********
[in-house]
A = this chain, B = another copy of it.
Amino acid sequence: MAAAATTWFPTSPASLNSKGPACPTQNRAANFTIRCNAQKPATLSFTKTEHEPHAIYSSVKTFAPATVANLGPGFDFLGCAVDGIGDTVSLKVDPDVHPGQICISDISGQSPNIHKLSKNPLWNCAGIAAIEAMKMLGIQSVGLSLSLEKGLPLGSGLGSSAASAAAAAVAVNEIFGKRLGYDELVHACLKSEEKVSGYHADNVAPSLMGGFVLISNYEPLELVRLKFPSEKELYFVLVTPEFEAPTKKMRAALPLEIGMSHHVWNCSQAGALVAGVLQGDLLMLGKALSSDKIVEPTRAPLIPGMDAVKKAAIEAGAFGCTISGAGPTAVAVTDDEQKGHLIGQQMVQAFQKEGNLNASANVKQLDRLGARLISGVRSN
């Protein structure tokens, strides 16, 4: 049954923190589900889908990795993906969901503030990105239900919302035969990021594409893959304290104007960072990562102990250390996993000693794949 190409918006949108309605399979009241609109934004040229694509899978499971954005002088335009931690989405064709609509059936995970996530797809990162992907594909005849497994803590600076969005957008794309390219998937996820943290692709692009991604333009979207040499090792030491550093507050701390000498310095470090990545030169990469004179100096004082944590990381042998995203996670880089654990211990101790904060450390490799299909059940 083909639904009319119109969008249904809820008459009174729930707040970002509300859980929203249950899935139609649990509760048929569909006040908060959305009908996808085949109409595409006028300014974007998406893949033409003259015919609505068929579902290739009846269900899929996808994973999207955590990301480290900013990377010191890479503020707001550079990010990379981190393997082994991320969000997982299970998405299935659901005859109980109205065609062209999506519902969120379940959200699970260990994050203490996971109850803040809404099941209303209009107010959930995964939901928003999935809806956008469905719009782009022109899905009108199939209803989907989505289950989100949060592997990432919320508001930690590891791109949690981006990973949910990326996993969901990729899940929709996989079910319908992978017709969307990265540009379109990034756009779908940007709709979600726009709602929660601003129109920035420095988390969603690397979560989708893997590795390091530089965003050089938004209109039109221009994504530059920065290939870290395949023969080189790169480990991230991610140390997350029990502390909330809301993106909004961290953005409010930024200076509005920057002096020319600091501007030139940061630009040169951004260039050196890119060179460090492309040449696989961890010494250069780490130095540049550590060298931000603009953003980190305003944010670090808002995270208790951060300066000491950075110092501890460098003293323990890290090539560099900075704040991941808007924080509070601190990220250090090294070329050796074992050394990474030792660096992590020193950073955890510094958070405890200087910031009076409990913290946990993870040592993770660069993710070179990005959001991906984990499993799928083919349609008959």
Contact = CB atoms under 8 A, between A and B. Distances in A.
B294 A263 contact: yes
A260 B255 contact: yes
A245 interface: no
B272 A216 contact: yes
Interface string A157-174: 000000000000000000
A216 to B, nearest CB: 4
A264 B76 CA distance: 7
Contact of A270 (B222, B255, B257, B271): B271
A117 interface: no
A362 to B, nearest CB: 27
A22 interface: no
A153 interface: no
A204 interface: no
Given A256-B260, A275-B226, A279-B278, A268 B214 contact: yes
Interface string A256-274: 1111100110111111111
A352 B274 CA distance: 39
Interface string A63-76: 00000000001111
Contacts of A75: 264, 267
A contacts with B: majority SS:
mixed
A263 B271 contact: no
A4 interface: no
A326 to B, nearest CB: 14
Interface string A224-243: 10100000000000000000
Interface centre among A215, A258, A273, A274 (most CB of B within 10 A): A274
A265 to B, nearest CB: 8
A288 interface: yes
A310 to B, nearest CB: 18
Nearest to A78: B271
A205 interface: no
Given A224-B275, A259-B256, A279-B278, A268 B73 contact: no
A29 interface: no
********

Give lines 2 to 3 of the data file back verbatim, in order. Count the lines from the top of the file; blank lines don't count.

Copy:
A = this chain, B = another copy of it.
Amino acid sequence: MAAAATTWFPTSPASLNSKGPACPTQNRAANFTIRCNAQKPATLSFTKTEHEPHAIYSSVKTFAPATVANLGPGFDFLGCAVDGIGDTVSLKVDPDVHPGQICISDISGQSPNIHKLSKNPLWNCAGIAAIEAMKMLGIQSVGLSLSLEKGLPLGSGLGSSAASAAAAAVAVNEIFGKRLGYDELVHACLKSEEKVSGYHADNVAPSLMGGFVLISNYEPLELVRLKFPSEKELYFVLVTPEFEAPTKKMRAALPLEIGMSHHVWNCSQAGALVAGVLQGDLLMLGKALSSDKIVEPTRAPLIPGMDAVKKAAIEAGAFGCTISGAGPTAVAVTDDEQKGHLIGQQMVQAFQKEGNLNASANVKQLDRLGARLISGVRSN